by Karen Lara Migriño Libot


Junrey Alayacyac, the young man cast as Enjolras had a remarkable set of pipes which reminded me a lot of David Thaxton, who played the role in 2008 in the West End.  It takes a strong voice to play a leader of the June Rebellion and Alayacyac fit the description perfectly.  The hairs on the back of my neck stood when he began to sing Do You Hear the People Sing to the beat of marching drums.  It was as though he was calling on the audience to join him in battle.  He was as passionate as a real revolutionary and it was clear he was singing with heart.  Perhaps he was singing for a modern kind of revolution.

Javert (left; kneeling), Enjolras (centre) and Gavroche (extreme right) with the Ensemble in Little People
by Karen Lara Migriño Libot

Young Cosette and Gavroche

Of course, we have to give special mention to these two little people—children with such music-filled futures ahead of them.  It’s clear that it could only get brighter from there on.  Portrayed by Raven Chan, a treble, Young Cosette only appears twice in the entire show—first when she sings Castle on a Cloud and second when she is “bought” by Valjean from the Thenardiers where she is mostly silent.  Little Miss Chan had a memorable angelic voice, which, to this day, still rings in my head like I just heard it an hour ago.

Young Cosette in her iconic pose with the broom
To this day, this pose represents Les Misérables.
by Karen Lara Migriño Libot

Gavroche, the smart little urchin, was another precious character.  Actor Arjay Chan, who played the role, sang Little People bringing an adorable pause of relief for those who found the preceding events to be too heavy on the heart.  In the end, though, he dies by the guns of the enemy.  Rummaging dead bodies for bullets, Little Mister Chan made our hearts sink when he sang his final solo as his character was being shot repeatedly by the French National Guard, writhing in agony until his last note.

Gavroche in Stars
by Karen Lara Migriño Libot


I have to laud the ensemble members for their vocal abilities.  With every single number from the Work Song to the reprise of Do You Hear the People Sing, they showed how much of a formidable bunch they all were.  They must have had a very good choir master because they left me in awe every single time.  Being really close to the stage on the second night, I recognized their faces each time they assumed a different character from their last.  From singing prostitutes to mendicants in the streets of Paris to armed rebels, they took on them with all they had and nailed it with pure awesomeness.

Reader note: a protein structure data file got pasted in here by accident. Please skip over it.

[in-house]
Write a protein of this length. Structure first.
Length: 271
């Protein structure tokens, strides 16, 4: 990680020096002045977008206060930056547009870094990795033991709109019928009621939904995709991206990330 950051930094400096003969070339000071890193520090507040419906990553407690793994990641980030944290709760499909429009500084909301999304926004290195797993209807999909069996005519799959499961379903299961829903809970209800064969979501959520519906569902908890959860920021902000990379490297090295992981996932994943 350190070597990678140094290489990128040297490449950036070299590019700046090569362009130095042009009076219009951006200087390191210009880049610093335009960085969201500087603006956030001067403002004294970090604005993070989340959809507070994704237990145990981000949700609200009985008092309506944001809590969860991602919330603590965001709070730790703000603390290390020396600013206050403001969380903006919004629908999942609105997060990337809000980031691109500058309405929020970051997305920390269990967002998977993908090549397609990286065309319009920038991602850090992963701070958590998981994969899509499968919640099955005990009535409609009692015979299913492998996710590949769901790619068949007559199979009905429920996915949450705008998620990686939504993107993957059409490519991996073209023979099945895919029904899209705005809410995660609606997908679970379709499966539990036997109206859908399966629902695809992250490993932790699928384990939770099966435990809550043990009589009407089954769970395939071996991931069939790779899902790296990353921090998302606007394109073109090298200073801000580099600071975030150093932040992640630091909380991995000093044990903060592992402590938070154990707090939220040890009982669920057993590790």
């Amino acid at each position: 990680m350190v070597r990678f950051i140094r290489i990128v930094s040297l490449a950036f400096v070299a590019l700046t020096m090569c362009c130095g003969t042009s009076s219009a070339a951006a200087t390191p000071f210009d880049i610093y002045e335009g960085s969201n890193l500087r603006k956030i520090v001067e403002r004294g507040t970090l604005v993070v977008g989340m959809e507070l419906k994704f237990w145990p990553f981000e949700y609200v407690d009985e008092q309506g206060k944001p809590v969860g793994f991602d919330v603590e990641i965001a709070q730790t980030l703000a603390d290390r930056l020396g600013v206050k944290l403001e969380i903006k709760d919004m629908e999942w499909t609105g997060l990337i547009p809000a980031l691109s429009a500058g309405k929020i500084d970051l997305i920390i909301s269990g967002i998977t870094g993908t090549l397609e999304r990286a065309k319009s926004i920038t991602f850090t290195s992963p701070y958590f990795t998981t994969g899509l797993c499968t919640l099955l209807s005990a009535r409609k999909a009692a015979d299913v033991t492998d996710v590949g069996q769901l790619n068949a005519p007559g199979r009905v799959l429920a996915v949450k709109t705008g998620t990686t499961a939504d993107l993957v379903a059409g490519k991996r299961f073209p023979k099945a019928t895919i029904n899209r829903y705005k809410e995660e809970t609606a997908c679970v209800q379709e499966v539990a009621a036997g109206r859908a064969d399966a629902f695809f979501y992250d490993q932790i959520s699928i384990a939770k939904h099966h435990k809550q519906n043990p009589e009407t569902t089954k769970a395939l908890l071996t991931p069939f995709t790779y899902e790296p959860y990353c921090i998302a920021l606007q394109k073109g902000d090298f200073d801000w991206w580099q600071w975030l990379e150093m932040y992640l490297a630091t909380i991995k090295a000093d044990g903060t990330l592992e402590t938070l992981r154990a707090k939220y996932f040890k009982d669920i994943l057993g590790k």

The second night concluded with a reprise of One Day More after the curtain call—this time with members of the crew singing alongside the performers.  Everyone had genuine smiles on their faces—no longer adherent to the miserable theme of the musical—singing their hearts out, knowing they did great.  That standing ovation at the end was very well deserved, to say the least.

The Entire Cast in the Finale (Reprise of Do You Hear the People Sing)
by Karen Lara Migriño Libot

Other Matters

This show was not, in any way, sanctioned by Music Theatre International but it doesn’t matter much.  MTI is known to be very lenient with real art lovers.  What’s important is Cre8tive Thespians Circle Inc, through DreamBig Productions, came to Bohol and made us theatre junkies very happy.

For years and years, I’ve been hoping and praying for the musical theatre scene in the province to come alive and take flight again.  I hope Les Misérables’ staging would usher in more productions—even from local art groups—because having a constant urge to fly to other places just to get my fill isn’t a good feeling.  There are many who love theatre here—enough, perhaps, to give a local production company a lucrative source of income.  Who knows?

Bohol has an open door for art.  Do come in, won’t you?